The Hunt Is On for Fugitive Instruments and Rogue Theories

Monday, 30 October 2017

Danita Alfred, PhD, MSN, BSN
Susan P. Yarbrough, PhD, MSN, BSN
Pamela Martin, PhD, MSN, BSN
College of Nursing and Health Sciences, The University of Texas at Tyler, Tyler, TX, USA

The search for Fugitive Instruments and Rogue Theories has begun in earnest. Are you, or someone you know harboring a fugitive or rogue?  There is a huge reward for this information. The opportunity to live in infamy and to support future generations of researchers as they grow the work that you began is available.

Researchers receive good advice on how to search for valid and reliable instruments, and still are not able to obtain complete copies of the instruments or permissions from the copyright owner (Clay, 2007). A University Librarian stated, “initial indications suggest that the problem of retiring faculty and fugitive behavioral instruments has yet to generate significant comment” (personal communication, 2016). In their white paper, Sommerville and Lettie (2013), reported on the discoverability of scholarly communication and addressed the communication ecosystem of individuals connecting with each other. In a follow-up paper, Sommerville and Lettie (2014) continued their discussion of the availability of scholars collaborating on works and the communications between libraries, publishers, and researchers. However, the two articles do not address the issues related to gaining permissions for the use of research tools.  Other than individual university research laboratory and library inventories, no effort has been expended.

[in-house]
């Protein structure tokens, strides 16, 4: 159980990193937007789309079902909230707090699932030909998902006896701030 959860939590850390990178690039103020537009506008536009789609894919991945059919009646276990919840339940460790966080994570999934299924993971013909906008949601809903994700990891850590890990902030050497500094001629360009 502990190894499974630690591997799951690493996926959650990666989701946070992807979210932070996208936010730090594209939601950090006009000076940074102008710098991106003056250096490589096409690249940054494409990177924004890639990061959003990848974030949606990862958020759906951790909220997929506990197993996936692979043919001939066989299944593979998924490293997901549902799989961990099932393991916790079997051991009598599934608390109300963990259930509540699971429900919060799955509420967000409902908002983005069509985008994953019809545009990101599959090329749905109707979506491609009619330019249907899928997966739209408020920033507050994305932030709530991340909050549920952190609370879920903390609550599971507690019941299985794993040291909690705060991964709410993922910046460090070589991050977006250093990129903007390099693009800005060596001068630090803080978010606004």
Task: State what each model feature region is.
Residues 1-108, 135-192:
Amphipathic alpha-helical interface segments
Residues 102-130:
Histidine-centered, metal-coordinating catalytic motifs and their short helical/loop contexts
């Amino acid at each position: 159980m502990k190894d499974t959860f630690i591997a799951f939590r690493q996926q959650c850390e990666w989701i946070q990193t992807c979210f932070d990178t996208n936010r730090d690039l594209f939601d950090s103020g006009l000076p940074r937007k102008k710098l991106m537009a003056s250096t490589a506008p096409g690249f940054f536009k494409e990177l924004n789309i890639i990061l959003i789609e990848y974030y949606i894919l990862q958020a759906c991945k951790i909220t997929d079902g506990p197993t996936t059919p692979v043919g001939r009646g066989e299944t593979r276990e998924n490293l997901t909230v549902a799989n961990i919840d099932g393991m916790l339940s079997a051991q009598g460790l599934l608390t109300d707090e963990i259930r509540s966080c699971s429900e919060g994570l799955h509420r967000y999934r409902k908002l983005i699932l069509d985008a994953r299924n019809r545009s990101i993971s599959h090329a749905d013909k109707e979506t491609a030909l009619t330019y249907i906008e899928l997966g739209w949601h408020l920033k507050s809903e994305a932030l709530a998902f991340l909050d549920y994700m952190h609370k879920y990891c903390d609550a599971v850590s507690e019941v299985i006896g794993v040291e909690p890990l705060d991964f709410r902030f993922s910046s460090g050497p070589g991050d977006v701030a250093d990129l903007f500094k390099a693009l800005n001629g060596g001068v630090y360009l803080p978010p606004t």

The STTI Virginia Henderson Global Nursing e-Repository has opened a new collection built to catalog and house these at large instruments and theories. A review of the literature reveals that nothing of this magnitude has been accomplished. The e-Repository provides an elegant solution that can ease the frustration and minimize time wasted by researchers searching for and securing appropriate permissions and instructions for use of these valuable tools.

The submission process is simple and you, the copyright holder, do not have to sign away ownership of the instruments and theories you worked so hard to develop. All rights related to use, modification, translation, and interpretation are maintained by the author.

The library is open to STTI members and non-members alike. Think of the opportunities that this gives researchers and practitioners around the globe who are looking for theories to guide education, research, and practice or study concepts that plague the global population. Just consider the ease of gaining access to permissions and the psychometrics of a tool and time saved. Researchers can conduct studies without running up against the many barriers of weeks or months of trying to track someone down.

To submit your work, follow the steps outlined on the Virginia Henderson Library website If problems are encountered with the submission process, the librarians are available to help you. In order to maintain the high standards of STTI, all submissions will go through a brief peer review prior to release.

Collect your reward now!